The contributors are Lidia Ader, Leon Botstein, Emily Frey, Marina Frolova-Walker, Adalyat Issiyeva, Simon Morrison, Anna Nisnevich, Olga Panteleeva, and Yaroslav Timofeev.


The Bard Music Festival

Bard Music Festival 2018
Rimsky-Korsakov and His World
Bard College
August 10–12 and August 17–19, 2018

Music in Chopin's Warsaw examines the rich musical environment of Fryderyk Chopin's youth--largely unknown to the English-speaking world--and places Chopin's early works in the context of this milieu. Halina Goldberg provides a historiographic perspective that allows a new and better understanding of Poland's cultural and musical circumstances. Chopin's Warsaw emerges as a vibrant European city that was home to an opera house, various smaller theaters, one of the earliest modern conservatories in Europe, several societies which organized concerts, musically active churches, spirited salon life, music publishers and bookstores, instrument builders, and for a short time even a weekly paper devoted to music. Warsaw was aware of and in tune with the most recent European styles and fashions in music, but it was also the cradle of a vernacular musical language that was initiated by the generation of Polish composers before Chopin and which found its full realization in his work. Significantly, this period of cultural revival in the Polish capital coincided with the duration of Chopin's stay there--from his infancy in 1810 to his final departure from his homeland in 1830. An uncanny convergence of political, economic, social, and cultural circumstances generated the dynamic musical, artistic, and intellectual environment that nurtured the developing genius. Had Chopin been born a decade earlier or a decade later, Goldberg argues, the capital--devastated by warfare and stripped of all cultural institutions--could not have provided support for his talent. The young composer would have been compelled to seek musical education abroad and thus would have been deprived of the specifically Polish experience so central to his musical style. A rigorously-researched and fascinating look at the Warsaw in which Chopin grew up, this book will appeal to students and scholars of nineteenth century music, as well as music lovers and performers.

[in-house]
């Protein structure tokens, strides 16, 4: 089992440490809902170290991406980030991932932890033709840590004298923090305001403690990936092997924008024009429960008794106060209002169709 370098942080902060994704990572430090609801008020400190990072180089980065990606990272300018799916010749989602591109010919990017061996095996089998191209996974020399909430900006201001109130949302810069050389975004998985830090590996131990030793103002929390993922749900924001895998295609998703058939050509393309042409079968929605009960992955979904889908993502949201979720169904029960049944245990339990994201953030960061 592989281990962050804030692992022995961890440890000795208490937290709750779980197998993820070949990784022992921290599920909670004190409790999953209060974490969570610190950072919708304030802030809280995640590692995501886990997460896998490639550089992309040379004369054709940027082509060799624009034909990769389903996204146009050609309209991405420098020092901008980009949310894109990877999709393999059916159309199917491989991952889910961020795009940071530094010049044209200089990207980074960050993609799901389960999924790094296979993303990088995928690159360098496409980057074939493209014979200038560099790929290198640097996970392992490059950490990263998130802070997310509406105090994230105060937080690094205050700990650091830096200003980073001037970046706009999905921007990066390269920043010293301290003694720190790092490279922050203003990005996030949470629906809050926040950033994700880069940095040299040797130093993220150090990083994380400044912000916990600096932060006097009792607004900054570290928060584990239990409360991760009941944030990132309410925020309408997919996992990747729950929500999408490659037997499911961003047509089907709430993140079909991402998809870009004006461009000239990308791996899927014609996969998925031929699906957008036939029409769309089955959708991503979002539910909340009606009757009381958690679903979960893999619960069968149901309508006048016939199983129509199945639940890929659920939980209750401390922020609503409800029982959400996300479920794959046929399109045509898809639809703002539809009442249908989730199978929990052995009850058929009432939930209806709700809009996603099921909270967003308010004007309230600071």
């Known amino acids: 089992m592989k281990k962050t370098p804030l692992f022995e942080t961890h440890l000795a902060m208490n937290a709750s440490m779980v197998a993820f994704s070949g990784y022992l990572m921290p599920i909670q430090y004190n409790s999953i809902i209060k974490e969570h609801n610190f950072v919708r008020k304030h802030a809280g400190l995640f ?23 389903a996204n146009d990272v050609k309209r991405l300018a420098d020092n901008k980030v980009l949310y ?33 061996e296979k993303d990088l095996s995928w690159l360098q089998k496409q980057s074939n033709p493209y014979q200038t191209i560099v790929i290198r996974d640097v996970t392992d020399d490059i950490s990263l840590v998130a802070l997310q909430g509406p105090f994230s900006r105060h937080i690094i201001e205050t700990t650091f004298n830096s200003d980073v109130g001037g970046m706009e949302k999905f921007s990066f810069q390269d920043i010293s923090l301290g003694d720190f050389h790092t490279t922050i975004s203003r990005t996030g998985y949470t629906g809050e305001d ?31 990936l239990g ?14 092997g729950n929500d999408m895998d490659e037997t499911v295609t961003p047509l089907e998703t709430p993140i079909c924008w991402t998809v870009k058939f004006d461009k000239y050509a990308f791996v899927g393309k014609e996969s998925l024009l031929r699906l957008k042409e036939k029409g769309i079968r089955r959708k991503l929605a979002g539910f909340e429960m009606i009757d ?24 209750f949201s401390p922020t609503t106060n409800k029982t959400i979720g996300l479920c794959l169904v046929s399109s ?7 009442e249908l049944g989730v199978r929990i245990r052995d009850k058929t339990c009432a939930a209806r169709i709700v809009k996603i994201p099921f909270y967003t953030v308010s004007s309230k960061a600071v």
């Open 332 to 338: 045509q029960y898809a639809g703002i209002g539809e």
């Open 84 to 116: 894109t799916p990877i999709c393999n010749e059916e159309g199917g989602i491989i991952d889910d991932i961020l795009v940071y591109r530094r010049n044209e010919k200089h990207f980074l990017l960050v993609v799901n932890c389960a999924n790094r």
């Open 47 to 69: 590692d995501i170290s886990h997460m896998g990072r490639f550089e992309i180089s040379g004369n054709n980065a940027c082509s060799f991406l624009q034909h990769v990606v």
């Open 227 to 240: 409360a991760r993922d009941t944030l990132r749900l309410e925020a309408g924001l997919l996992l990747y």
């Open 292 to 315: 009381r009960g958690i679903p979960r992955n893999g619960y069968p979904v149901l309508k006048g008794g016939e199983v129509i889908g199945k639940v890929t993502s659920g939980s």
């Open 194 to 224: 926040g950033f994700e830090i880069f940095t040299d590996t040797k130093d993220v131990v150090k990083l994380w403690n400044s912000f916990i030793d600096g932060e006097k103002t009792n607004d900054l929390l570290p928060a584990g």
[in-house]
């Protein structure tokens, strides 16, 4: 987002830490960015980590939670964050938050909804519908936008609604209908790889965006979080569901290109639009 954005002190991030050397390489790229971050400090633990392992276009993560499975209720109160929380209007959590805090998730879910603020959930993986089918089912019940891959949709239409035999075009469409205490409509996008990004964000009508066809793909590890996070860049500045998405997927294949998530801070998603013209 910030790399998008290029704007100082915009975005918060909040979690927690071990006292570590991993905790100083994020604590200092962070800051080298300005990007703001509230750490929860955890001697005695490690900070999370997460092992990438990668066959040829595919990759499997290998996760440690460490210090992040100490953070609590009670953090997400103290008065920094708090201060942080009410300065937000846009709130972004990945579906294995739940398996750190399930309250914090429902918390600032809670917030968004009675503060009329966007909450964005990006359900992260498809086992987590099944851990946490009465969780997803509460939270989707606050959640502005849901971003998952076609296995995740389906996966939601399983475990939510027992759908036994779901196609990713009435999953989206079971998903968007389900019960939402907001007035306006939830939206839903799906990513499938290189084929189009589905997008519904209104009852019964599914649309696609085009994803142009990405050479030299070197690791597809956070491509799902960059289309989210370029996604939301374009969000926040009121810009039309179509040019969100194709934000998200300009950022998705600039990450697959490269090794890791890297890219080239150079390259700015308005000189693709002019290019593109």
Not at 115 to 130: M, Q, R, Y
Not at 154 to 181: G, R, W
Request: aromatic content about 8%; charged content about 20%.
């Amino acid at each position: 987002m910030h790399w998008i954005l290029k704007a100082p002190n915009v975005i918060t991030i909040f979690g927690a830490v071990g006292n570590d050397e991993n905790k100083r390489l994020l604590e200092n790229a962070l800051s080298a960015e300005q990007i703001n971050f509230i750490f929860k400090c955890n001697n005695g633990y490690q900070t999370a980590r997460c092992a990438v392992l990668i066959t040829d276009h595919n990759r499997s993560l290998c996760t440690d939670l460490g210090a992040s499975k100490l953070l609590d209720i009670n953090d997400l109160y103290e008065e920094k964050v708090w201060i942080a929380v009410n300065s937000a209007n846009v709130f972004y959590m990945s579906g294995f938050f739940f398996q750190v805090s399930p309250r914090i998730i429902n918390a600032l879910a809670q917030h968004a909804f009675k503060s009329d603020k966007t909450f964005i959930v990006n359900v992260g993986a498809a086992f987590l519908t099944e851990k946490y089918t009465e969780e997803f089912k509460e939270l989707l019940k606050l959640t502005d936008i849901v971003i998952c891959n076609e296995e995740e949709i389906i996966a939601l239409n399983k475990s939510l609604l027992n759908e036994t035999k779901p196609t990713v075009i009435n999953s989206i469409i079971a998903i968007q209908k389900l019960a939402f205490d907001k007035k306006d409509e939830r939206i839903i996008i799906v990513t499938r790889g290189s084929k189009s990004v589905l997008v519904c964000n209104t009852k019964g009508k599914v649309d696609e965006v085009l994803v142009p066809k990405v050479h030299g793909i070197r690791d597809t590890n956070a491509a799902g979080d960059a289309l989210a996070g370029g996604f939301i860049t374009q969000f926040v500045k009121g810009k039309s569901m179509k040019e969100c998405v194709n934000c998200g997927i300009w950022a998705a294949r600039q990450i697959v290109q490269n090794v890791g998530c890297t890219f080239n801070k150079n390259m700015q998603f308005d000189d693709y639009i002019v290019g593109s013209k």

Get more out of music with this essential guide

Music Theory For Dummies makes music theory easy to understand, with a friendly, unintimidating overview of everything you need to know to become fluent at knocking out beats, reading musical scores, and learning to anticipate where a song should go—whether you're reading someone else's music or writing your own. Whether you're a music student or a music lover, you'll learn to read, write, and understand music with this informative guide. With expert instruction, you'll put it all together as you compose, arrange, and create original melodies, harmonies, and chords of your own, with helpful tips for performing your pieces in front of an audience. This new third edition presents the most current teaching techniques, the newest music genres and examples, and updated information on all aspects of understanding, creating, and performing music.